# The Unapologetic Mathematician

## Facts About Solvability and Nilpotence

Solvability is an interesting property of a Lie algebra $L$, in that it tends to “infect” many related algebras. For one thing, all subalgebras and quotient algebras of $L$ are also solvable. For the first count, it should be clear that if $K\subseteq L$ then $K^{(i)}\subseteq L^{(i)}$. On the other hand, if $L\to L/I$ is a quotient epimorphism then any element in $(L/I)^{(i)}$ has a representative in $L^{(i)}$, so if the derived series of $L$ bottoms out at $0$ then so must the derived series of $L/I$.

As a sort of converse, suppose that $L/I$ is a solvable quotient of $L$ by a solvable ideal $I$; then $L$ is itself solvable. Indeed, if $(L/I)^{(n)}=0$ and $\pi:L\to L/I$ is the quotient epimorphism then $\phi(L^{(n)})=0$, as we saw above. That is, $L^{(n)}\subseteq I$, but since $I$ is solvable this means that $L^{(n)}$ — as a subalgebra — is solvable, and thus $L$ is as well.

Finally, if $I$ and $J$ are solvable ideals of $L$ then so is $I+J$. Here, we can use the third isomorphism theorem to establish an isomorphism $(I+J)/J\cong I/(I\cap J)$. The right hand side is a quotient of $I$, and so it’s solvable, which makes $(I+J)/J$ a solvable quotient by a solvable ideal, meaning that $I+J$ is itself solvable.

As an application, let $L$ be any Lie algebra and let $S$ be a maximal solvable ideal, contained in no larger solvable ideal. If $I$ is any other solvable ideal, then $S+I$ is solvable as well, and it obviously contains $S$. But maximality then tells us that $S+I=S$, from which we conclude that $I\subseteq S$. Thus we conclude that the maximal solvable ideal $S$ is unique; we call it the “radical” of $L$, written $\mathrm{Rad}(L)$.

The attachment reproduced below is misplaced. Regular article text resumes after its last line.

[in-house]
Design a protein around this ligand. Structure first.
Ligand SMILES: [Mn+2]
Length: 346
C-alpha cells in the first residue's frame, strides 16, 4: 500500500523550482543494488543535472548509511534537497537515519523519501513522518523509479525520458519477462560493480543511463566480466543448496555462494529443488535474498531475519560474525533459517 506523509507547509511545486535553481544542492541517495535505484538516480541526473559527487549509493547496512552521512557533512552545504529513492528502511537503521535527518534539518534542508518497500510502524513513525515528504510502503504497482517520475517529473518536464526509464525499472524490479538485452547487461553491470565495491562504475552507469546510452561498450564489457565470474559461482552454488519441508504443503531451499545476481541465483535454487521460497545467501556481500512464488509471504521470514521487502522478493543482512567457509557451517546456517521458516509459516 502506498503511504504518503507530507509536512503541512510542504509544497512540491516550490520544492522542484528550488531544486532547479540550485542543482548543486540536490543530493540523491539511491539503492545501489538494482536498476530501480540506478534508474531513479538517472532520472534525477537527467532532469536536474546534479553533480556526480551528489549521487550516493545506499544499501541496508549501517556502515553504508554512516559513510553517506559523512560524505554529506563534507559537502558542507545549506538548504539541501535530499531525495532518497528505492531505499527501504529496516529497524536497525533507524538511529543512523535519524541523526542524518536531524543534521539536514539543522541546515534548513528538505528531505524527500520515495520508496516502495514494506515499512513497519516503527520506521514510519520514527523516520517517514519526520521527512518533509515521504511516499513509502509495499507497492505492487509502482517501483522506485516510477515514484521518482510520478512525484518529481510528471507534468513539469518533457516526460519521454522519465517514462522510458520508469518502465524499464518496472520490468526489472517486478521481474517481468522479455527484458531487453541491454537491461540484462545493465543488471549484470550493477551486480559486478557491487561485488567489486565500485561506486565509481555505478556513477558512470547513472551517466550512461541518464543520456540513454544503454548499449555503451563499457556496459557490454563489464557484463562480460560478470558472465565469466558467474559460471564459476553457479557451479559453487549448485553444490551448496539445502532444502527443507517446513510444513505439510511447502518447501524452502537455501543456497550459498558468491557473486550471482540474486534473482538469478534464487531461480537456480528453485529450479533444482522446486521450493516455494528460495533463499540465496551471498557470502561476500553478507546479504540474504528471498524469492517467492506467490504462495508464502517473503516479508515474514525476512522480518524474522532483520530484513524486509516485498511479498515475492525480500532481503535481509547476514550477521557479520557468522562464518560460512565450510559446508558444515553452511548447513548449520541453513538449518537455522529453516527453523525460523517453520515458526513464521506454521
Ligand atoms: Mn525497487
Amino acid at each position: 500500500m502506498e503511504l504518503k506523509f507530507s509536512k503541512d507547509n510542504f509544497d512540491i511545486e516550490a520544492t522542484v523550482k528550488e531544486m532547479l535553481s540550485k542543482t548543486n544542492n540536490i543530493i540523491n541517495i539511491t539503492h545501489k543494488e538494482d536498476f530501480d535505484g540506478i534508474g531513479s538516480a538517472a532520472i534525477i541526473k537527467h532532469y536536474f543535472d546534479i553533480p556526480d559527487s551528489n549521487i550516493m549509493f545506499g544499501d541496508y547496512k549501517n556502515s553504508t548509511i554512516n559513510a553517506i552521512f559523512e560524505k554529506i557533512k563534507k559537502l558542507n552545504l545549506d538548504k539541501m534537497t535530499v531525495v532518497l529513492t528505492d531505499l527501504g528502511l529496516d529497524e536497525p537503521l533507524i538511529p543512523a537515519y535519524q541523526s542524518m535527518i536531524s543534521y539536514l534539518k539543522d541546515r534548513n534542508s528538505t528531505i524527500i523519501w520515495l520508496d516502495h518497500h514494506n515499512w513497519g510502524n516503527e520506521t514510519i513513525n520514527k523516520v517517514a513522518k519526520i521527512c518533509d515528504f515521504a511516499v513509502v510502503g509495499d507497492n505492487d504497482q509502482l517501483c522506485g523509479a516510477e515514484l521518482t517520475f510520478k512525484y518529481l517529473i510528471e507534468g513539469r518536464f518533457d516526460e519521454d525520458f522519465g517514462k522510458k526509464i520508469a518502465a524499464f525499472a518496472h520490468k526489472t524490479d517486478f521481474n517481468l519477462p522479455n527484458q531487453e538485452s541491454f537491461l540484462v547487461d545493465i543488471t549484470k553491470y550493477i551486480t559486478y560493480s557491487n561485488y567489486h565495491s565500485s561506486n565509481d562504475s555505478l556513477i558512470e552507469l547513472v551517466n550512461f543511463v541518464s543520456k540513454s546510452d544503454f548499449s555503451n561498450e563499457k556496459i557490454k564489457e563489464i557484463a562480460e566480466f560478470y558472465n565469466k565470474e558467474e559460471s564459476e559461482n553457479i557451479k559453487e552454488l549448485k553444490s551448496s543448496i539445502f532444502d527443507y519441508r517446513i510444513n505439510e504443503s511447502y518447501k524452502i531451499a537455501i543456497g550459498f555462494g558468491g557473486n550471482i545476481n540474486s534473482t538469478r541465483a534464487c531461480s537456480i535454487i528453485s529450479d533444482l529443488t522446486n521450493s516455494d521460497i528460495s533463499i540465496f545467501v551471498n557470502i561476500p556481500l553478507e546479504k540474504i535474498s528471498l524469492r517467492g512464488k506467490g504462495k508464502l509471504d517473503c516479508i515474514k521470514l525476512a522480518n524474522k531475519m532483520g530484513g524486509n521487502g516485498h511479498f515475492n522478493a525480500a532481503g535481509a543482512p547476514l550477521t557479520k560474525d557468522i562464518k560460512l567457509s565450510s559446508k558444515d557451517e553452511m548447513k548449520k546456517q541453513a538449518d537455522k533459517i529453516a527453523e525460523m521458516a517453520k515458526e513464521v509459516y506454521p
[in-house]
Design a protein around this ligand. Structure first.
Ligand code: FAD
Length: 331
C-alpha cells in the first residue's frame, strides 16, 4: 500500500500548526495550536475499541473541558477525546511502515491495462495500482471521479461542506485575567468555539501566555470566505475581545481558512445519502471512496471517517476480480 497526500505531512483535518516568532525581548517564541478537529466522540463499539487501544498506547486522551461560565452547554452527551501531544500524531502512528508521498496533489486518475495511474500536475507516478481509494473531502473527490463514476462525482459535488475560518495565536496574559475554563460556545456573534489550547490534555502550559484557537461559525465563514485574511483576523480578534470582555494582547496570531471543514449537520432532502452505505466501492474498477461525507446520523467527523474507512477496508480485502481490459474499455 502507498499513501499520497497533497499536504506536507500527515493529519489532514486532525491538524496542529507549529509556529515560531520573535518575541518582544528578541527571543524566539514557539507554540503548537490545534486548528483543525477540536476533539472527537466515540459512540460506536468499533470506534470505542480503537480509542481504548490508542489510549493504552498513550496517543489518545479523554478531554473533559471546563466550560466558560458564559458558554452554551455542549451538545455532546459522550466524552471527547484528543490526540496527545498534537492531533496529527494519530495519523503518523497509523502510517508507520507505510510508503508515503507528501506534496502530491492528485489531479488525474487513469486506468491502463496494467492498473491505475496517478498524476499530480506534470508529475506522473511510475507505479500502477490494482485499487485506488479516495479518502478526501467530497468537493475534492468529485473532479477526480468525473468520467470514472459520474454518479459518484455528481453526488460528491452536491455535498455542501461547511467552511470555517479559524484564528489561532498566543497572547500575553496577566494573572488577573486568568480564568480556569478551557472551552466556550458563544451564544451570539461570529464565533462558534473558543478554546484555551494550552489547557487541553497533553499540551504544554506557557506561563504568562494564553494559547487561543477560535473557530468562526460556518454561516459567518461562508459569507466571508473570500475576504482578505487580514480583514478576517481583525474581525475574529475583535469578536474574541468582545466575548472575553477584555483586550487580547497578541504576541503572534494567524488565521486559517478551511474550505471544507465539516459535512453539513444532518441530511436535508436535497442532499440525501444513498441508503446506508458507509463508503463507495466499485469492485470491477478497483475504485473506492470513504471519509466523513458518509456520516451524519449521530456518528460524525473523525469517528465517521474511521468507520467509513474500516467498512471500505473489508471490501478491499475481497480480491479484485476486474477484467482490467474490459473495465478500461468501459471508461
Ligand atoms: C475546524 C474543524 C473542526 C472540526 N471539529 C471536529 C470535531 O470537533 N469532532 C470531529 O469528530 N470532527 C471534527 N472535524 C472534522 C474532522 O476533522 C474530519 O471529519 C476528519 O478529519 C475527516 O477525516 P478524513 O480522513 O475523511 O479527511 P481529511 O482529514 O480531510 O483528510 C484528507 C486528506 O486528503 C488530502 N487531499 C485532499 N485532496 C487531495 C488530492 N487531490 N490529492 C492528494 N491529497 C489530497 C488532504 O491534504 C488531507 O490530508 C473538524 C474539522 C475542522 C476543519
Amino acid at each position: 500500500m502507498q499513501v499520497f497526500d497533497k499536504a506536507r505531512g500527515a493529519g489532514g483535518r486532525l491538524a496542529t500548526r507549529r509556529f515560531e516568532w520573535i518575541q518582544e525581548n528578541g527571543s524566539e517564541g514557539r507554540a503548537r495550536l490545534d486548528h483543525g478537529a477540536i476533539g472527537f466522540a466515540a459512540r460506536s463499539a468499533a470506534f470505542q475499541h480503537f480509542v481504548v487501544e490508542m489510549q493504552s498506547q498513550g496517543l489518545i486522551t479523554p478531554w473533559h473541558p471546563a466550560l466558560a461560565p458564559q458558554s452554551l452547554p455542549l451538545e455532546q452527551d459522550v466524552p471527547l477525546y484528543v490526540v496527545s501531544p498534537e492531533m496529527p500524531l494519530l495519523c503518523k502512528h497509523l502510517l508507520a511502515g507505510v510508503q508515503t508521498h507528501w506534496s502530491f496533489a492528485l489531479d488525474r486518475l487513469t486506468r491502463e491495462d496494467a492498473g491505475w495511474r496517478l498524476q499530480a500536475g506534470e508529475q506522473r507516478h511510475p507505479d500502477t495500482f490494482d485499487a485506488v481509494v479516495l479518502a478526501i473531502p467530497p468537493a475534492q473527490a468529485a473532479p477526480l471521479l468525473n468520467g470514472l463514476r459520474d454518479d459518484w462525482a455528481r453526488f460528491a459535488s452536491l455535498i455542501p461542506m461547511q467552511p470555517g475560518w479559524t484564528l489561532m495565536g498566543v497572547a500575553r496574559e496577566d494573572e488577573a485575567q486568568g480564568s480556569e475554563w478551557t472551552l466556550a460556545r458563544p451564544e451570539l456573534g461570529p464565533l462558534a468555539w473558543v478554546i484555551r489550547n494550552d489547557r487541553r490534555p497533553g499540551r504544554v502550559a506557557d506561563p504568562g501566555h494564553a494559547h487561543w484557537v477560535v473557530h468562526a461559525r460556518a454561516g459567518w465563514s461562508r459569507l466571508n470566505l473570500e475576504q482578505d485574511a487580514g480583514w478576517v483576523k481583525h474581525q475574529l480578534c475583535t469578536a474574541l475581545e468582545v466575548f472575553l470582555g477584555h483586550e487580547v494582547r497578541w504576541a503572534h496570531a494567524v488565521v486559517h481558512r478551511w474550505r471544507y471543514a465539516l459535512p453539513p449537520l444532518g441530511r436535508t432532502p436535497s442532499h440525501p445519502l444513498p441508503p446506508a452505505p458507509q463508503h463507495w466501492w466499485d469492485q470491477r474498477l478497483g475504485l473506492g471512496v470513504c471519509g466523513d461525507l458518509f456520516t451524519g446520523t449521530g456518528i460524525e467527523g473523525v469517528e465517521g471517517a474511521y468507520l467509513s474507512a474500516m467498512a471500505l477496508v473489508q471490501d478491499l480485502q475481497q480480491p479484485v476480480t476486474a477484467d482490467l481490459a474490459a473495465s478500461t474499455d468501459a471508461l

In the case that the radical of $L$ is zero, we say that $L$ is “semisimple”. In particular, a simple Lie algebra is semisimple, since the only ideals of $L$ are itself and $0$, and $L$ is not solvable.

In general, the quotient $L/\mathrm{Rad}(L)$ is semisimple, since if it had a solvable ideal it would have to be of the form $I/\mathrm{Rad}(L)$ for some $I\subseteq L$ containing $\mathrm{Rad}(L)$. But if $I/\mathrm{Rad}(L)$ is a solvable quotient of $I$ by a solvable ideal, then $I$ must be solvable, which means it must be contained in the radical of $L$. Thus the only solvable ideal of $L/\mathrm{Rad}(L)$ is $0$, as we said.

We also have some useful facts about nilpotent algebras. First off, just as for solvable algebras all subalgebras and quotient algebras of a nilpotent algebra are nilpotent. Even the proof is all but identical.

Next, if $L/Z(L)$ — where $Z(L)$ is the center of $L$ — is nilpotent then $L$ is as well. Indeed, to say that $(L/Z(L))^n=0$ is to say that $L^n\subseteq Z(L)$ for some $n$. But then $L^{n+1}=[L,L^n]\subseteq[L,Z(L)]=0$.

Finally, if $L\neq0$ is nilpotent, then $Z(L)\neq0$. To see this, note that if $L^{n+1}$ is the first term of the descending central series that equals zero, then $0\neq L^n\subseteq Z(L)$, since the brackets of everything in $L^n$ with anything in $L$ are all zero.

August 21, 2012 Posted by | Algebra, Lie Algebras | 7 Comments